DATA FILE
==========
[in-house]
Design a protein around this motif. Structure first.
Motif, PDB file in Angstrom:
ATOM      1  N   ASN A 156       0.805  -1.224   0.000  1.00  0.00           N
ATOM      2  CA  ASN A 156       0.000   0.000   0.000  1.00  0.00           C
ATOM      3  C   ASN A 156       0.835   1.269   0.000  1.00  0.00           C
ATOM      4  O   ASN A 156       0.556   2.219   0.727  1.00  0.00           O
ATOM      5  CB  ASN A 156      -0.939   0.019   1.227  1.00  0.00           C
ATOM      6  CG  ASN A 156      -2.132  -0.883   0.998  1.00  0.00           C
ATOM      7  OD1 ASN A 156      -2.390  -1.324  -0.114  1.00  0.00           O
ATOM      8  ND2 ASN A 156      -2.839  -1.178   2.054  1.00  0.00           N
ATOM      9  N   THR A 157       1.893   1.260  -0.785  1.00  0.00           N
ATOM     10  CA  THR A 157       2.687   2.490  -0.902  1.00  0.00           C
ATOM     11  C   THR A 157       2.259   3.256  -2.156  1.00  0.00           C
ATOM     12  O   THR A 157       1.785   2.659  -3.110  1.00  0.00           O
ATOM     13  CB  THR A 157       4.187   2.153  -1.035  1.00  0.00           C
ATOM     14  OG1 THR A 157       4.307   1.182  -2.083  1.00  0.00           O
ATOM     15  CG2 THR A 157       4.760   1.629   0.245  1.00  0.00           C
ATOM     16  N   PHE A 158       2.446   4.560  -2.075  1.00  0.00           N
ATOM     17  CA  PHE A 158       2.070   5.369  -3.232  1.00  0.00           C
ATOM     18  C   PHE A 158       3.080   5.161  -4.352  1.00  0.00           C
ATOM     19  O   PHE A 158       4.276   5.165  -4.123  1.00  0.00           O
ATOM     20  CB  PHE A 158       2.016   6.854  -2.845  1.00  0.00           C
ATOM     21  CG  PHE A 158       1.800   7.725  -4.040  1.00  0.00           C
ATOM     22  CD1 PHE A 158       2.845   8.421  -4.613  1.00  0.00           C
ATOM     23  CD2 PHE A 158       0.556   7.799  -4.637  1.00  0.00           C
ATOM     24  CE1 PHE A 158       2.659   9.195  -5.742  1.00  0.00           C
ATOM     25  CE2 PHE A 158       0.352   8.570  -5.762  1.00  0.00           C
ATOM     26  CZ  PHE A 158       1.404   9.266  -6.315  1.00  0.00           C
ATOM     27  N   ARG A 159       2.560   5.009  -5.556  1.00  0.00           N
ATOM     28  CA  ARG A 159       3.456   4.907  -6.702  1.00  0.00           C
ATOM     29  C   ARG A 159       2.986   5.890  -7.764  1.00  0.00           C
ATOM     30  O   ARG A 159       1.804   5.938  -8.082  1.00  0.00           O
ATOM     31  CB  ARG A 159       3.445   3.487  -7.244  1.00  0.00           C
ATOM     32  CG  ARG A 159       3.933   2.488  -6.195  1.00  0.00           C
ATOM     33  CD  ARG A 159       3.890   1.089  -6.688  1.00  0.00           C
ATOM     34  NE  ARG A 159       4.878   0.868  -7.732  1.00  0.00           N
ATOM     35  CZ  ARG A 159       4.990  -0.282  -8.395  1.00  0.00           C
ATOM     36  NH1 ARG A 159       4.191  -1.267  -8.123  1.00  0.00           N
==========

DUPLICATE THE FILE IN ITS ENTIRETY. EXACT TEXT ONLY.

[in-house]
Design a protein around this motif. Structure first.
Motif, PDB file in Angstrom:
ATOM      1  N   ASN A 156       0.805  -1.224   0.000  1.00  0.00           N
ATOM      2  CA  ASN A 156       0.000   0.000   0.000  1.00  0.00           C
ATOM      3  C   ASN A 156       0.835   1.269   0.000  1.00  0.00           C
ATOM      4  O   ASN A 156       0.556   2.219   0.727  1.00  0.00           O
ATOM      5  CB  ASN A 156      -0.939   0.019   1.227  1.00  0.00           C
ATOM      6  CG  ASN A 156      -2.132  -0.883   0.998  1.00  0.00           C
ATOM      7  OD1 ASN A 156      -2.390  -1.324  -0.114  1.00  0.00           O
ATOM      8  ND2 ASN A 156      -2.839  -1.178   2.054  1.00  0.00           N
ATOM      9  N   THR A 157       1.893   1.260  -0.785  1.00  0.00           N
ATOM     10  CA  THR A 157       2.687   2.490  -0.902  1.00  0.00           C
ATOM     11  C   THR A 157       2.259   3.256  -2.156  1.00  0.00           C
ATOM     12  O   THR A 157       1.785   2.659  -3.110  1.00  0.00           O
ATOM     13  CB  THR A 157       4.187   2.153  -1.035  1.00  0.00           C
ATOM     14  OG1 THR A 157       4.307   1.182  -2.083  1.00  0.00           O
ATOM     15  CG2 THR A 157       4.760   1.629   0.245  1.00  0.00           C
ATOM     16  N   PHE A 158       2.446   4.560  -2.075  1.00  0.00           N
ATOM     17  CA  PHE A 158       2.070   5.369  -3.232  1.00  0.00           C
ATOM     18  C   PHE A 158       3.080   5.161  -4.352  1.00  0.00           C
ATOM     19  O   PHE A 158       4.276   5.165  -4.123  1.00  0.00           O
ATOM     20  CB  PHE A 158       2.016   6.854  -2.845  1.00  0.00           C
ATOM     21  CG  PHE A 158       1.800   7.725  -4.040  1.00  0.00           C
ATOM     22  CD1 PHE A 158       2.845   8.421  -4.613  1.00  0.00           C
ATOM     23  CD2 PHE A 158       0.556   7.799  -4.637  1.00  0.00           C
ATOM     24  CE1 PHE A 158       2.659   9.195  -5.742  1.00  0.00           C
ATOM     25  CE2 PHE A 158       0.352   8.570  -5.762  1.00  0.00           C
ATOM     26  CZ  PHE A 158       1.404   9.266  -6.315  1.00  0.00           C
ATOM     27  N   ARG A 159       2.560   5.009  -5.556  1.00  0.00           N
ATOM     28  CA  ARG A 159       3.456   4.907  -6.702  1.00  0.00           C
ATOM     29  C   ARG A 159       2.986   5.890  -7.764  1.00  0.00           C
ATOM     30  O   ARG A 159       1.804   5.938  -8.082  1.00  0.00           O
ATOM     31  CB  ARG A 159       3.445   3.487  -7.244  1.00  0.00           C
ATOM     32  CG  ARG A 159       3.933   2.488  -6.195  1.00  0.00           C
ATOM     33  CD  ARG A 159       3.890   1.089  -6.688  1.00  0.00           C
ATOM     34  NE  ARG A 159       4.878   0.868  -7.732  1.00  0.00           N
ATOM     35  CZ  ARG A 159       4.990  -0.282  -8.395  1.00  0.00           C
ATOM     36  NH1 ARG A 159       4.191  -1.267  -8.123  1.00  0.00           N